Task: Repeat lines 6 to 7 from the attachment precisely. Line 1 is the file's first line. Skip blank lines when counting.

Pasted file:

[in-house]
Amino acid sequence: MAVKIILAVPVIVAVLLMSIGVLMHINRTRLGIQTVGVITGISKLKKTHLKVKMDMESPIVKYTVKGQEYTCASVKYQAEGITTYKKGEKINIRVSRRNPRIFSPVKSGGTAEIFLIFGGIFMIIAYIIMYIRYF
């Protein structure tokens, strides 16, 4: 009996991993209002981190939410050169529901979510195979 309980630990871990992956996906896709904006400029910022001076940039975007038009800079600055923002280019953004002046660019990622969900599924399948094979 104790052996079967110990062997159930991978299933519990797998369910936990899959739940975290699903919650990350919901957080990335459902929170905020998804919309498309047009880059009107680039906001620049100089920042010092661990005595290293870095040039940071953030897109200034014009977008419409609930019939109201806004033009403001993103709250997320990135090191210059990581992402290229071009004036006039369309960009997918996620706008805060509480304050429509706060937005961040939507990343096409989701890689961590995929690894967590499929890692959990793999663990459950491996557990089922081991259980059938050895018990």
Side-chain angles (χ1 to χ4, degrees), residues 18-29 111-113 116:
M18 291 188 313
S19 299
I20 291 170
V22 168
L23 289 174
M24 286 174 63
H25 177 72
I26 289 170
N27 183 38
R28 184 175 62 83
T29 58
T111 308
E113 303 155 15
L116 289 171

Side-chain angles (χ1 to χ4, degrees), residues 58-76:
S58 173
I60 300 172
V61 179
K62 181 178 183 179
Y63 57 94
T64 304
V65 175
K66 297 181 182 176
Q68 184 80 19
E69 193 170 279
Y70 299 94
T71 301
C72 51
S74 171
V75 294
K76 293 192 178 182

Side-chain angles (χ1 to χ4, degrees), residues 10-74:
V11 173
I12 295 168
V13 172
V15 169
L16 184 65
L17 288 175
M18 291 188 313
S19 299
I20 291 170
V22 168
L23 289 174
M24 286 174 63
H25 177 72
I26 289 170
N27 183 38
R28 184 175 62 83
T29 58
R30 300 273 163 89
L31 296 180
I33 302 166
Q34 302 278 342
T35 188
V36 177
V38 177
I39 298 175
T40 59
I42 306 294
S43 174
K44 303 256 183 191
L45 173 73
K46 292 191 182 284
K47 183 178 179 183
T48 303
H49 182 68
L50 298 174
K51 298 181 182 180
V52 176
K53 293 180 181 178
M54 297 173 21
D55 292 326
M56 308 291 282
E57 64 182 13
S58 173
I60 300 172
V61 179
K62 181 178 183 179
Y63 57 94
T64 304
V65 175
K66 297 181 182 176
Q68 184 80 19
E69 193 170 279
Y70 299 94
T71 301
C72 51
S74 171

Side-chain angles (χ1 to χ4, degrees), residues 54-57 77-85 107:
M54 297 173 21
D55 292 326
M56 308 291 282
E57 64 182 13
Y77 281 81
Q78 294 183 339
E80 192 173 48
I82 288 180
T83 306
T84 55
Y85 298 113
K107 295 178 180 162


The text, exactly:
S19 299
I20 291 170